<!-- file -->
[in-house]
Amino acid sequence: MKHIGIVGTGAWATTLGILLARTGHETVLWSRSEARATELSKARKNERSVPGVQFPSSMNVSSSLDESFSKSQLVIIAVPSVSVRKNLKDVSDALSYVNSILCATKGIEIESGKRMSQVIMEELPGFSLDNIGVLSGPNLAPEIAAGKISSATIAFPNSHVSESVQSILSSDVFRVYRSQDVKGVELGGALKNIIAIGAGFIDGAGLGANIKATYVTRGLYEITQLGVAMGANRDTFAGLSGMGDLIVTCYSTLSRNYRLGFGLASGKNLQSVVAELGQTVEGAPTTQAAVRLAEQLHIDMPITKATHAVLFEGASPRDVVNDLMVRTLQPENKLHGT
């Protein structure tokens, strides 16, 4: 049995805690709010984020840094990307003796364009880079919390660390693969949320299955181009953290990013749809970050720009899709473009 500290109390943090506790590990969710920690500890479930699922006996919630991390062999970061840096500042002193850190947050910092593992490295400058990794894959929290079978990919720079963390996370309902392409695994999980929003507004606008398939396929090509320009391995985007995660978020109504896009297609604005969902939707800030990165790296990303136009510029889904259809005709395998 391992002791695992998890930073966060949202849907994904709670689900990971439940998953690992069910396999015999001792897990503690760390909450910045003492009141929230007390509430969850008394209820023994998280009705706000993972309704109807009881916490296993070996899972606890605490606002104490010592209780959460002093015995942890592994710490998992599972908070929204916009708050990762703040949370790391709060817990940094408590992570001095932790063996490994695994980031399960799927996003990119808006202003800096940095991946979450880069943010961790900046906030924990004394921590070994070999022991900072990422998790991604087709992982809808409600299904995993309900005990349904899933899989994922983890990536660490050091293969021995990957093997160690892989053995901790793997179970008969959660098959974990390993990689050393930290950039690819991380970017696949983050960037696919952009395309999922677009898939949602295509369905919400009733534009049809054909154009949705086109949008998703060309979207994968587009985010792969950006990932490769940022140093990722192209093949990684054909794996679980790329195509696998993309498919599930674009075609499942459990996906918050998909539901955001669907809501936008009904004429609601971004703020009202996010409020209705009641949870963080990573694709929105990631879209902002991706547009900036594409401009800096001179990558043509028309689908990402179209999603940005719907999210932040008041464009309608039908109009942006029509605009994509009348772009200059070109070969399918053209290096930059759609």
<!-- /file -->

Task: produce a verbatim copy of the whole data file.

[in-house]
Amino acid sequence: MKHIGIVGTGAWATTLGILLARTGHETVLWSRSEARATELSKARKNERSVPGVQFPSSMNVSSSLDESFSKSQLVIIAVPSVSVRKNLKDVSDALSYVNSILCATKGIEIESGKRMSQVIMEELPGFSLDNIGVLSGPNLAPEIAAGKISSATIAFPNSHVSESVQSILSSDVFRVYRSQDVKGVELGGALKNIIAIGAGFIDGAGLGANIKATYVTRGLYEITQLGVAMGANRDTFAGLSGMGDLIVTCYSTLSRNYRLGFGLASGKNLQSVVAELGQTVEGAPTTQAAVRLAEQLHIDMPITKATHAVLFEGASPRDVVNDLMVRTLQPENKLHGT
């Protein structure tokens, strides 16, 4: 049995805690709010984020840094990307003796364009880079919390660390693969949320299955181009953290990013749809970050720009899709473009 500290109390943090506790590990969710920690500890479930699922006996919630991390062999970061840096500042002193850190947050910092593992490295400058990794894959929290079978990919720079963390996370309902392409695994999980929003507004606008398939396929090509320009391995985007995660978020109504896009297609604005969902939707800030990165790296990303136009510029889904259809005709395998 391992002791695992998890930073966060949202849907994904709670689900990971439940998953690992069910396999015999001792897990503690760390909450910045003492009141929230007390509430969850008394209820023994998280009705706000993972309704109807009881916490296993070996899972606890605490606002104490010592209780959460002093015995942890592994710490998992599972908070929204916009708050990762703040949370790391709060817990940094408590992570001095932790063996490994695994980031399960799927996003990119808006202003800096940095991946979450880069943010961790900046906030924990004394921590070994070999022991900072990422998790991604087709992982809808409600299904995993309900005990349904899933899989994922983890990536660490050091293969021995990957093997160690892989053995901790793997179970008969959660098959974990390993990689050393930290950039690819991380970017696949983050960037696919952009395309999922677009898939949602295509369905919400009733534009049809054909154009949705086109949008998703060309979207994968587009985010792969950006990932490769940022140093990722192209093949990684054909794996679980790329195509696998993309498919599930674009075609499942459990996906918050998909539901955001669907809501936008009904004429609601971004703020009202996010409020209705009641949870963080990573694709929105990631879209902002991706547009900036594409401009800096001179990558043509028309689908990402179209999603940005719907999210932040008041464009309608039908109009942006029509605009994509009348772009200059070109070969399918053209290096930059759609």